In mid 2017 Liquor & Gaming NSW consulted with a wide range of stakeholders to inform an evaluation of the requirement for applicants for certain liquor licences and authorisations to lodge a community impact statement (CIS).

A CIS provides information on the potential impact that granting an application may have on the local community, by requiring an applicant to consult with the local community before deciding to make an application.

We recognise that the liquor licensing regulatory framework is closely associated with the development of the music industry:

  • Many live music performances are provided by dedicated licensed live music venues which may also be hotels, clubs, or nightclubs or as ancillary entertainment in hospitality industry premises also including cafes and restaurants.
  • Licensed festivals, concerts and events also provide significant jobs and opportunities for musicians, as do community organisations.

Given this relationship, this review has far reaching implications for the provision of employment, creative opportunities, and the cultural and economic development of the music sector in NSW.

For the record, the Objects of the LIQUOR ACT under SECT 3 are as follows –


3 Objects of Act

(1) The objects of this Act are as follows:

(a) to regulate and control the sale, supply and consumption of liquor in a way that is consistent with the expectations, needs and aspirations of the community,

(b) to facilitate the balanced development, in the public interest, of the liquor industry, through a flexible and practical regulatory system with minimal formality and technicality,

(c) to contribute to the responsible development of related industries such as the live music, entertainment, tourism and hospitality industries.

(2) In order to secure the objects of this Act, each person who exercises functions under this Act (including a licensee) is required to have due regard to the following:

(a) the need to minimise harm associated with misuse and abuse of liquor (including harm arising from violence and other anti-social behaviour),

(b) the need to encourage responsible attitudes and practices towards the promotion, sale, supply, service and consumption of liquor,

(c) the need to ensure that the sale, supply and consumption of liquor contributes to, and does not detract from, the amenity of community life.

If we look to section 1(C), we can see a specific reference to the Live Music Industry, as well as entertainment, tourism, and hospitality industries.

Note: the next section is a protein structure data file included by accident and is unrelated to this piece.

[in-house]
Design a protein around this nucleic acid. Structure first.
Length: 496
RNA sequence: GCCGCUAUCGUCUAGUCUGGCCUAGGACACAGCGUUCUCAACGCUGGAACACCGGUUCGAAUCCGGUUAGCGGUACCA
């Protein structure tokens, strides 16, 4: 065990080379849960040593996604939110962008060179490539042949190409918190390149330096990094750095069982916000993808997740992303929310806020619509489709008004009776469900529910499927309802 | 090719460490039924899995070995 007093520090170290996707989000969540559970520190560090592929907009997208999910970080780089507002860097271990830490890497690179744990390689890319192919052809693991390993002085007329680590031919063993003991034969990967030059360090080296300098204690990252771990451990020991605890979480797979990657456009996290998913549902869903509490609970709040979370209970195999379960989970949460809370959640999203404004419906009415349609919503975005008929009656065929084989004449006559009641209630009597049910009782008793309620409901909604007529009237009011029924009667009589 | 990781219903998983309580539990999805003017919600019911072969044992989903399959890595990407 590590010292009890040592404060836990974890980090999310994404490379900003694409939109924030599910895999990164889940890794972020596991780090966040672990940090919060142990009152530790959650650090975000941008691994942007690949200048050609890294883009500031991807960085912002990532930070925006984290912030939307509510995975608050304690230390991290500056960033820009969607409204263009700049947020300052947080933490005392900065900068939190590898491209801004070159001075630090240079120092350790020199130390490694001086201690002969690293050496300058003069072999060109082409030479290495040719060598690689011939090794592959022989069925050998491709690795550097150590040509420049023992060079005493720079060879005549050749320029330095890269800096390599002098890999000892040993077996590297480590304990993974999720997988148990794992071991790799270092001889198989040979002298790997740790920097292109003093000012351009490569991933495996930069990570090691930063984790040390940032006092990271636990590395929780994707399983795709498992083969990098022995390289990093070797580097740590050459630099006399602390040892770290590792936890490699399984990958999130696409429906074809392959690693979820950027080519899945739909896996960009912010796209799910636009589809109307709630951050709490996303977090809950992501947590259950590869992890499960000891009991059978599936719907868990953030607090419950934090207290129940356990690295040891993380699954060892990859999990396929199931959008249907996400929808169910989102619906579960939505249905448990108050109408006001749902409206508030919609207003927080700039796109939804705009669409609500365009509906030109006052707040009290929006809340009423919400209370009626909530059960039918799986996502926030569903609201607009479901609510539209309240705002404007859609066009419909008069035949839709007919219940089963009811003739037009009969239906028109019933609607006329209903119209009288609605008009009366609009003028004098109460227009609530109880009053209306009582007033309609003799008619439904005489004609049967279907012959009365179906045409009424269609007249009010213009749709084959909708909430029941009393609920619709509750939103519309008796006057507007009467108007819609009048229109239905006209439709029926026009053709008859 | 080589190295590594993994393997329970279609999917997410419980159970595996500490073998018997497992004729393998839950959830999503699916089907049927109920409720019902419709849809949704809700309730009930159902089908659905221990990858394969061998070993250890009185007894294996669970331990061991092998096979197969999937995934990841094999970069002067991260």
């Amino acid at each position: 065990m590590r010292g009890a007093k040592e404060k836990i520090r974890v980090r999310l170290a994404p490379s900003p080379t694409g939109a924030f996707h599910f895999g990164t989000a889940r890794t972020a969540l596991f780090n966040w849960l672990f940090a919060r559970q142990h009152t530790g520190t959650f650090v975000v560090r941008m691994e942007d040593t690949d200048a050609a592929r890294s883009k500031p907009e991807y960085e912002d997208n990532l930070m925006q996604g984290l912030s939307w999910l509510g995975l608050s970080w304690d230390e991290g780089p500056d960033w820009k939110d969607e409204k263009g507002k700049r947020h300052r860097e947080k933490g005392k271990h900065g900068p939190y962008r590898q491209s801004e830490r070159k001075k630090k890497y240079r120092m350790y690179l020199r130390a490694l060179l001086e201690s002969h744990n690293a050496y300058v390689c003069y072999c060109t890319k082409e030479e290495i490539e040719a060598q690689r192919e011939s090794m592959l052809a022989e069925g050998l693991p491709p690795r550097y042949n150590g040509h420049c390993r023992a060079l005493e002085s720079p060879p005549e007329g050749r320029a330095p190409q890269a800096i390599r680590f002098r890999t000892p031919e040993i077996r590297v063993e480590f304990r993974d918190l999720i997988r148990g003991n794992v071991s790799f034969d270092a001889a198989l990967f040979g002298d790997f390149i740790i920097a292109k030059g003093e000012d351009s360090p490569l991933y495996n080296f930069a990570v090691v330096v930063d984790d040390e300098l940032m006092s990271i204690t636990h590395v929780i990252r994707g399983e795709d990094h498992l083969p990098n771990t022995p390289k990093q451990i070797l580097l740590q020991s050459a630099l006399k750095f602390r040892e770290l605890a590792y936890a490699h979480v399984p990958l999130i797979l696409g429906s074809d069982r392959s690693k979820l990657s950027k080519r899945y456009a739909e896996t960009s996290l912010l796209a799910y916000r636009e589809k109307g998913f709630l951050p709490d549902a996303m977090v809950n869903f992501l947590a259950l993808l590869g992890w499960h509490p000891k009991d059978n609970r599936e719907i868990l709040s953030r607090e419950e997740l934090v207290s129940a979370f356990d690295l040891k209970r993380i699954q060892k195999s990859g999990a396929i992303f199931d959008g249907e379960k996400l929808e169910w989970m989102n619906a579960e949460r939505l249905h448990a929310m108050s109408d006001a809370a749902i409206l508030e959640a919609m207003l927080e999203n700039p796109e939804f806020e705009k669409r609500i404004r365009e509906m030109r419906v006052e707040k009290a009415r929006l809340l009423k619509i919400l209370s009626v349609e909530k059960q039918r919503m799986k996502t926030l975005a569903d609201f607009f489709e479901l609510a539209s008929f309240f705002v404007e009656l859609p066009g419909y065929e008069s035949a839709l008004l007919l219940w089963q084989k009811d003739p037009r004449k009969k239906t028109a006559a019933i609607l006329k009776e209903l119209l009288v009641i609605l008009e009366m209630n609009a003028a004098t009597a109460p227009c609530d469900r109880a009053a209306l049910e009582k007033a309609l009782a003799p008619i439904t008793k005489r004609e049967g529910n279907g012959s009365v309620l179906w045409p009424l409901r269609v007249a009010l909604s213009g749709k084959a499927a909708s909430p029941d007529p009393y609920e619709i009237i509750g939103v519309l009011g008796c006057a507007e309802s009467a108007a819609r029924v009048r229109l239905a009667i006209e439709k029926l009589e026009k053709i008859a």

We submit that the CIS be rebalanced to also provide an equal opportunity for the positive contributions that licensed premises – particularly for our industry, those employing performers – make to our community, our identity, and of course, our economy.

This would give effect to the associated provisions in the objectives, evidence of which can be hard to find referenced in licensing submissions and decisions.

These could include providing the opportunity to submit in favour of a licence application referencing such great things as:

  • Jobs for musicians
  • Arts and cultural development
  • Contribution to a diverse and creative night economy

This is a great opportunity to provide a formal process for the cultural and economic contribution of licensed premises, events or program that provide jobs and opportunities for artists to be a specific matter for consideration.

Looking to the various organisations that are notified when a liquor licence application is lodged, is it the case that RMS and Health are advised as a matter of process? Why not then the state music organisation MusicNSW, APRA AMCOS, and the Live Music Office then if a premises might be used for entertainment, so we can provide references in support given the value of licensed premises to the development of our industry.

We understand that the outcomes of the evaluation are expected to inform a broader review seeking to better align the planning and liquor approvals processes, which is proposed for later in 2017.

Clearly this is a necessary step to take if much of the unnecessary cost and process of the current duplicate and often unclear process is to be made more workable.

Ensuring as much as possible that the licensing and planning process can be aligned without duplication whilst still ensuring that appropriate community and safety standards are met should be a priority for this government, which if achieved, would much better support the establishment of arts and culturally orientated licensed premises through lowering costly and time consuming barriers to entry.